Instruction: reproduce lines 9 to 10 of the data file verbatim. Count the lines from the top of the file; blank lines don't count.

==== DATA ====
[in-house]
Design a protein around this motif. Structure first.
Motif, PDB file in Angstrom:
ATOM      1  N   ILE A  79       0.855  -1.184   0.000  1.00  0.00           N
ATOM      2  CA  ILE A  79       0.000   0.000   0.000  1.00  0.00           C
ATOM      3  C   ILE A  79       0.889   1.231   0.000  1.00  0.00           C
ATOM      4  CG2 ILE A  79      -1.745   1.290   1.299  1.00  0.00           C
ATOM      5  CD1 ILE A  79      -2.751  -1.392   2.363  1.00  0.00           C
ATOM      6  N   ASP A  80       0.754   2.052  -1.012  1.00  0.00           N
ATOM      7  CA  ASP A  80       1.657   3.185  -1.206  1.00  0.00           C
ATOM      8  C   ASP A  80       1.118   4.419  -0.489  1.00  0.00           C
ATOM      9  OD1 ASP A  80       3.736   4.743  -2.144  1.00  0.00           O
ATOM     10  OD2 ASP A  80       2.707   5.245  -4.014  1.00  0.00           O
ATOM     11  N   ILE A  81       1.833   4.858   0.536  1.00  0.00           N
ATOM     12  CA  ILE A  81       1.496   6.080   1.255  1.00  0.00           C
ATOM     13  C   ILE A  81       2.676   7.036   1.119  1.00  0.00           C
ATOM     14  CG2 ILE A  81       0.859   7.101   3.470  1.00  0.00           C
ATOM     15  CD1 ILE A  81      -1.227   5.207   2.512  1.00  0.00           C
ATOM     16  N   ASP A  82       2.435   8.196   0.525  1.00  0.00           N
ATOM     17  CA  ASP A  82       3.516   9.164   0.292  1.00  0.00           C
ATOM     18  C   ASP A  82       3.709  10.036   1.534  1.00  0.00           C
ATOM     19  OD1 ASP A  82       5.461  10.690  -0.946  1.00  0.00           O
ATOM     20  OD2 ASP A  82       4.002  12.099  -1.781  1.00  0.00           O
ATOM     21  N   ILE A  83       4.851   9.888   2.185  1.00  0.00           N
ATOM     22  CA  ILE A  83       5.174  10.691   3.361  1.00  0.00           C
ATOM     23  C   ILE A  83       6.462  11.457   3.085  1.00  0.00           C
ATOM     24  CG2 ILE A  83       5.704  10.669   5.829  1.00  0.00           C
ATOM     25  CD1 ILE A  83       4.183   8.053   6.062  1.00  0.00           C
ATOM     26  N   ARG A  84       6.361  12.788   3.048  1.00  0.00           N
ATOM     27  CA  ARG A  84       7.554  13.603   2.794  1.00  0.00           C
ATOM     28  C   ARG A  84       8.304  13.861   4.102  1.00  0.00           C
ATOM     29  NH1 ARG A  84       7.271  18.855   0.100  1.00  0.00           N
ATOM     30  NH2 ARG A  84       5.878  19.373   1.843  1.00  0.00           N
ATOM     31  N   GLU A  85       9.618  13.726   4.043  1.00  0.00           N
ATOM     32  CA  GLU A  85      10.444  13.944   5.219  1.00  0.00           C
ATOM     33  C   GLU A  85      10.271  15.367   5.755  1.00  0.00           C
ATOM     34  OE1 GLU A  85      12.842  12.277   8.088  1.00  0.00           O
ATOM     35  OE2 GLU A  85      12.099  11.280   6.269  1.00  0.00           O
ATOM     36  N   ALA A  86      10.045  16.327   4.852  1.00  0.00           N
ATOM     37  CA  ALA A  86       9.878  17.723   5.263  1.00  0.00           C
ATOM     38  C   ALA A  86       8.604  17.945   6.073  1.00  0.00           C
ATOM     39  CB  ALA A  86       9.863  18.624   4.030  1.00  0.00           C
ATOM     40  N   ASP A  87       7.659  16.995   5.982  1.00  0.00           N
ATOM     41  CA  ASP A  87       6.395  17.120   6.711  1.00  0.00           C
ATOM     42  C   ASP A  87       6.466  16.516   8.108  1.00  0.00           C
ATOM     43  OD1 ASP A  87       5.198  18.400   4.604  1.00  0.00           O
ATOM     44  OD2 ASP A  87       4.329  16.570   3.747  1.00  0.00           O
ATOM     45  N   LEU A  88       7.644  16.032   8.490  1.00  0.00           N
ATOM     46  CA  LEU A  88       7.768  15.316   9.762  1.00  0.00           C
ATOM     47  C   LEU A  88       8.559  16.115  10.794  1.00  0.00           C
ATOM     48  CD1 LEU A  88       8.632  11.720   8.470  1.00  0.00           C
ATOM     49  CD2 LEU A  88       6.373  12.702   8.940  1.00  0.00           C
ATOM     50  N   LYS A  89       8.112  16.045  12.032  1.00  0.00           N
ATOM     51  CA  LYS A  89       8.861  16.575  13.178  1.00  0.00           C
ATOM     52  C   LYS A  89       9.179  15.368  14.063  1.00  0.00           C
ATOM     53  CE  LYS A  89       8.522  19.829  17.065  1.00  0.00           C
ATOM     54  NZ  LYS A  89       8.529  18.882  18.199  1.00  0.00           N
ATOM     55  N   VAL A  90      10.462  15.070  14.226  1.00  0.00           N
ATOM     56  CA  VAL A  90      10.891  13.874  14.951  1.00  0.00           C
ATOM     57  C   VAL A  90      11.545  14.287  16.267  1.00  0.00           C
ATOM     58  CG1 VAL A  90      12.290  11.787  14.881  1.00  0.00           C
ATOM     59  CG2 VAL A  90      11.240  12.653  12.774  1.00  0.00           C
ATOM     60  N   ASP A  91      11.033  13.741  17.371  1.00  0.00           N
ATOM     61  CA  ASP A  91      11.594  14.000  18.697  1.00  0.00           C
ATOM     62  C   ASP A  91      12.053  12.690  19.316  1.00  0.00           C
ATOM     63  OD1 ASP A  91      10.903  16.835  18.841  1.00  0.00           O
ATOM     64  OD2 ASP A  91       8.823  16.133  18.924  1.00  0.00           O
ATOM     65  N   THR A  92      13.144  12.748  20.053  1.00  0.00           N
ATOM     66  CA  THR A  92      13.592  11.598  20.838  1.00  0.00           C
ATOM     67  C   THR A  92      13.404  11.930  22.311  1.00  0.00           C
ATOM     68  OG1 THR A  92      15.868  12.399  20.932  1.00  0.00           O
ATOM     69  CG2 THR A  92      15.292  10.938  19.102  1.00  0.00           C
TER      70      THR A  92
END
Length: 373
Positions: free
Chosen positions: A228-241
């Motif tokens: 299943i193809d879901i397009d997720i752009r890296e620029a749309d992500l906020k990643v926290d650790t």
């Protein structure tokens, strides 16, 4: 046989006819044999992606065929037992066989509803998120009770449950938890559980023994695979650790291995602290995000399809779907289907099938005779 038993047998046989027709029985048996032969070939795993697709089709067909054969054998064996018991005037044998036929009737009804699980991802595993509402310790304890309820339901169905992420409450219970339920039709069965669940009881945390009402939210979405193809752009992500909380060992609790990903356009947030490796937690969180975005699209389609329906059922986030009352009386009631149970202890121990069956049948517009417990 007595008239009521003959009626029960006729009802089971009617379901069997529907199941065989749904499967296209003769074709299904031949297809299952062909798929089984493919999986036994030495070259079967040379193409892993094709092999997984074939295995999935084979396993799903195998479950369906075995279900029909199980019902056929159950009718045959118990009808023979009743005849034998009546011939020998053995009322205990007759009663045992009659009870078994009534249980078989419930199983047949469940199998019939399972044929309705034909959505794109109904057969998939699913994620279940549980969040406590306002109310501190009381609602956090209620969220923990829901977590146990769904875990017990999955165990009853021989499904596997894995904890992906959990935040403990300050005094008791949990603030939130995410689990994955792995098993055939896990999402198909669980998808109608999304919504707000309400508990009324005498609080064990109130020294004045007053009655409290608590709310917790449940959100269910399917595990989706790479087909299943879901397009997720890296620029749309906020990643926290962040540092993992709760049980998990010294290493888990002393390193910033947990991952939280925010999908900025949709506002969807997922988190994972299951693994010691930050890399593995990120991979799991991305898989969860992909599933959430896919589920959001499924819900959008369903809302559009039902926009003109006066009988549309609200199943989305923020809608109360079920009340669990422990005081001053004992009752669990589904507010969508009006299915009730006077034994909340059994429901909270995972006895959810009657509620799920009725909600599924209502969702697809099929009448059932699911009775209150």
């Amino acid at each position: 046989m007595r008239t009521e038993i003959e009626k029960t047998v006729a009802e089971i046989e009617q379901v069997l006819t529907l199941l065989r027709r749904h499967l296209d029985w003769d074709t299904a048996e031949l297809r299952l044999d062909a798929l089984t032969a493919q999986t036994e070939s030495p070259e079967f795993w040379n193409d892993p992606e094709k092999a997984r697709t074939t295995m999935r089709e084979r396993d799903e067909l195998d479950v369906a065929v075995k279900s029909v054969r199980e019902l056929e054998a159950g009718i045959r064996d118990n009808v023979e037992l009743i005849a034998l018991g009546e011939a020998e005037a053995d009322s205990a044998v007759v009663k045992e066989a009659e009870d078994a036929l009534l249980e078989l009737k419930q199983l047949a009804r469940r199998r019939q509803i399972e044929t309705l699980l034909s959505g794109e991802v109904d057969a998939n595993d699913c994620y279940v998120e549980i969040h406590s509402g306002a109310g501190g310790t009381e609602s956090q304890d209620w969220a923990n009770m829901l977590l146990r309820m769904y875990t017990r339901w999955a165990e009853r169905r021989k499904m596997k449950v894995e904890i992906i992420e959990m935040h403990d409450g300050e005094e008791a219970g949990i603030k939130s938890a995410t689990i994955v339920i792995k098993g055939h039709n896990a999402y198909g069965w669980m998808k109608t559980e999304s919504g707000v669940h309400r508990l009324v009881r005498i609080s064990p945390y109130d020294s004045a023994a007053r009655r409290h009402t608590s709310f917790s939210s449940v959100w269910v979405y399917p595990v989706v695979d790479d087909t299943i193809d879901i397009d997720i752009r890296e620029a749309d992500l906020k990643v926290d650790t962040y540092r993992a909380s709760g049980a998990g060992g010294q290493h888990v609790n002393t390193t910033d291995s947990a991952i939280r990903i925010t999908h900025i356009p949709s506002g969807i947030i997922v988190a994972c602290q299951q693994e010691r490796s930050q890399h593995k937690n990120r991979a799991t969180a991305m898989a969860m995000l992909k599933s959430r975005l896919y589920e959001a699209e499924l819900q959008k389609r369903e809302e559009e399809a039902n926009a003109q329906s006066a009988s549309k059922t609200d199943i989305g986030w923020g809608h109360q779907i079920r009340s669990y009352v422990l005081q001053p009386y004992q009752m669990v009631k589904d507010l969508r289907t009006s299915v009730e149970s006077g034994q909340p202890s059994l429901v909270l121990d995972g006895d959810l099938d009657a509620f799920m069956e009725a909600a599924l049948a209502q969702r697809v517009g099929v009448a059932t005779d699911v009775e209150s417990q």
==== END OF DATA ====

ATOM      6  N   ASP A  80       0.754   2.052  -1.012  1.00  0.00           N
ATOM      7  CA  ASP A  80       1.657   3.185  -1.206  1.00  0.00           C